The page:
Tech integration curriculum ideas

Curriculum ideas for Technology Integration

based on National Technology Standards for Students

Creativity and Innovation:Demonstrate creative thinking and problem solving skills to develop innovative products and processes using digital technology
  • Recording personal memoirs w/ images in iMovie or Photostory
  • Create a website using Wix or Google Site to compare World Religions & embed information, videos, images into a Google maps
  • Use primary source images from Library of Congress to create digital timeline
  • Design a radio program, practice reading poetry or language conversations using VoiceThread, Garageband or Audacity
  • Use Prezi as an alternative to PowerPoint
  • Create a collaborative art presentation and share images through Flickr
Communication and Collaboration: Use digital media and environments to communicate and work collaboratively, across the global community, to support individual learning and contribute to the learning of others.
  • Have a collaborative writing project using a shared Google document or use it for shared note taking w/ Evernote
  • Use Survey Monkey or a Google form to collect authentic data and then graph the result in Excel
  • Skype with an expert instead of bringing in a speaker
  • Collaborate with another school using a blog to discuss a topic like current events, environmental issues or service learning
  • Participate in a global asynchronous debate where each team records their arguments and then posts them online
  • Set up accts with iGoogle or social bookmarking sites (Delicious or Diigo) for students to share websites and online post-it-notes with each other
  • Brainstorm science concepts or pre-writing activities with Wallwisher or Inspiration
  • Set up microblogging with just your students using Edmodo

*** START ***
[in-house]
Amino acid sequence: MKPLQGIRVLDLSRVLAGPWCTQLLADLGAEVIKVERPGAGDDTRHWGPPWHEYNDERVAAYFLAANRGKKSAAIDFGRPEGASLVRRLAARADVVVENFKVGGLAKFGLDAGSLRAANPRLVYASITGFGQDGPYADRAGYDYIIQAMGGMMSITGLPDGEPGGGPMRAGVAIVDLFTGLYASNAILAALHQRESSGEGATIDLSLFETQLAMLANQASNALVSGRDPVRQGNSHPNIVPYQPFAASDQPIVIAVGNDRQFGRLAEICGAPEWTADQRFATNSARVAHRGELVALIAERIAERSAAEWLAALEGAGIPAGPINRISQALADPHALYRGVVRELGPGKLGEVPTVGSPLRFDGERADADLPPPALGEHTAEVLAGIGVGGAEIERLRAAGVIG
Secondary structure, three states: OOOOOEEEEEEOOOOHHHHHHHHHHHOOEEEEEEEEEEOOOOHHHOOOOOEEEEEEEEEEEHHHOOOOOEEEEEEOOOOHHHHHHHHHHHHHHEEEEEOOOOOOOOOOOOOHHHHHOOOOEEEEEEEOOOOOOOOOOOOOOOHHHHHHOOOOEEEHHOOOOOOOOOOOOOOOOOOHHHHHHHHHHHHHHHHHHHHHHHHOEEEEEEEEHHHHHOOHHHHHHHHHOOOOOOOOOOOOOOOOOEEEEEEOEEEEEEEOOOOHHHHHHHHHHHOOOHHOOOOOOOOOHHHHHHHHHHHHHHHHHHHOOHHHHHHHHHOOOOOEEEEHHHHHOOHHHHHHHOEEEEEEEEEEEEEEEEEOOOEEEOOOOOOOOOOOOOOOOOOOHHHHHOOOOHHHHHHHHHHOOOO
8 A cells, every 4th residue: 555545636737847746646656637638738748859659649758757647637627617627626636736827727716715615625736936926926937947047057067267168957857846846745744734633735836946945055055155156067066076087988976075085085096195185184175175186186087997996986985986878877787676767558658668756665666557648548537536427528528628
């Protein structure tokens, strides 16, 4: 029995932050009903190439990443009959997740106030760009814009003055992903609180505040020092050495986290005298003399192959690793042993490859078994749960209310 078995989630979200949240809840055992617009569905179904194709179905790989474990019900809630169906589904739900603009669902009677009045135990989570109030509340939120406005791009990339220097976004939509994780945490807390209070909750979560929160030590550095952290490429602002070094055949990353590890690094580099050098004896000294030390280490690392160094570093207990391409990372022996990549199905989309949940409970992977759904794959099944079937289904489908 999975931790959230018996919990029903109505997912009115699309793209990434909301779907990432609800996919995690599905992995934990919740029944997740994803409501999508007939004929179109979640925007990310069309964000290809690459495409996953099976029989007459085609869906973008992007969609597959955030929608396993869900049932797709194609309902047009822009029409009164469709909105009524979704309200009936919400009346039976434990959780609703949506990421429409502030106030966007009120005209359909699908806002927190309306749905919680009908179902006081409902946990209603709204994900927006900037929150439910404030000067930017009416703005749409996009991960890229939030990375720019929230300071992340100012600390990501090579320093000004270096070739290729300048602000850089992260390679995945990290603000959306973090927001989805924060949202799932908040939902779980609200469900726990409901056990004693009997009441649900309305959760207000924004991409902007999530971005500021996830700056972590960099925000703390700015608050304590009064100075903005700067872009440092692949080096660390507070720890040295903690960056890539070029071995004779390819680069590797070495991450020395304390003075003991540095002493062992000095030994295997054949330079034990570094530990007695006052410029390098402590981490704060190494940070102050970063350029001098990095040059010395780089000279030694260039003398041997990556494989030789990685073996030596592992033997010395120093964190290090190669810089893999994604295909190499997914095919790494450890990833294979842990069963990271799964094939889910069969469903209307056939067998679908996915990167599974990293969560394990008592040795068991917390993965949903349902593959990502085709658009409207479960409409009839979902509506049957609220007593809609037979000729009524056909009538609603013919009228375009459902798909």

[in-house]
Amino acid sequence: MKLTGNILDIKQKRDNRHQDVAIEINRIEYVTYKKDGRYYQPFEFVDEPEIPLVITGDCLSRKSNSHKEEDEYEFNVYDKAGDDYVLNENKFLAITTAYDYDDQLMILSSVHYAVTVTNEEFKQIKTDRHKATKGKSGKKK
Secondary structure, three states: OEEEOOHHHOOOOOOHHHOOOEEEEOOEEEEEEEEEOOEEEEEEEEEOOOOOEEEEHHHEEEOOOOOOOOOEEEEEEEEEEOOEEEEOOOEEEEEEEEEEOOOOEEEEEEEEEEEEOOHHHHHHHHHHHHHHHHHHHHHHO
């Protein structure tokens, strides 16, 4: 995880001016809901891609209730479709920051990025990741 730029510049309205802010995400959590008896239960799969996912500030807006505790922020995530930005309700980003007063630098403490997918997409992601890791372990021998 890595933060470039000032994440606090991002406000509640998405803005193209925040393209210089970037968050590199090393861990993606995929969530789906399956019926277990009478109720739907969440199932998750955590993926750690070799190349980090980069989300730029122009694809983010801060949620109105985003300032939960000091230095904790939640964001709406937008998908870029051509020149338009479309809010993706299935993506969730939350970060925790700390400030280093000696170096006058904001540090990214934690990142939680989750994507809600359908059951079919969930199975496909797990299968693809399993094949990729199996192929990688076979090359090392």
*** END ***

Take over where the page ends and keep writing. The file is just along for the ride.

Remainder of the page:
• Set up groups with student’s email for document sharing, project directions and to foster communication
Research and Information Fluency: Select and apply digital tools to gather, evaluate, validate, and use information.
  • Follow inquiry method for authentic research and avoid “bird units”
  • Compare and contrast results from database searches or look for websites that show bias
  • Use specialty search features like wonder wheel, timeline or creative commons search
  • Set up accts with iGoogle or social bookmarking sites (Delicious or Diigo) for students to share websites and online post-it-notes with each other
  • Subscribe to current event or science blogs with RSS for research
  • Set up a collaborative research project with another LaSallian school and collect and share data
  • Have students create a screencast on how to solve an equation with screen capture software or use real photos/movies to determine math equations
Critical Thinking, Problem Solving and Decision Making: Students use critical thinking skills to plan and conduct research, manage projects, solve problems, and make informed decisions using appropriate digital tools and resources.
  • Collect data about an authentic issue (ie, solar panels & alternative energy) & use data to influence decision making with blog, debate or PSA
  • Use models and simulations to modify data for best results
  • Write formal business letter to Congress or Representatives
  • Use a wiki or shared document to manage group projects, write collaborative science labs or present together
  • Look at discussion forum of Wikipedia to see debate of content
  • Use Google Maps or Earth to discuss and analyze how geography affects migration, population, border issues, etc.
  • Use games or online simulations for role playing, decision making
Digital Citizenship: Understand human, cultural, and societal issues related to digital technology and practice legal, ethical, and responsible behavior.
  • Model digital citizenship skills with a Moodle discussion forum or blog
  • Debate cyberbullying issues or write editorials
  • Create lessons for younger students about online safety and publish as a website, blog or movie
Technology Operations and Concepts: Utilize technology concepts and tools to learn. Select, use, and troubleshoot tools efficiently; Transfer current knowledge to learning of new technologies. Teach specific computer skills:

  • Word: MLA format, brochure, using Outline view, track changes, letter format
  • PowerPoint:  basic formatting, use speaker notes, action buttons, improving visual design, embedding sound & video, packaging for publishing
  • Excel:  setting up data, writing formula, graphing results
  • Google Apps: setting up accts, document sharing, shared folders, collaboration techniques

Connect Article published

logoI’m thrilled that Saint Mary’s Press asked me to write an article about technology in Catholic Schools for their January edition of CONNECT: A free newsletter for high school religion teacher, campus ministers and principals.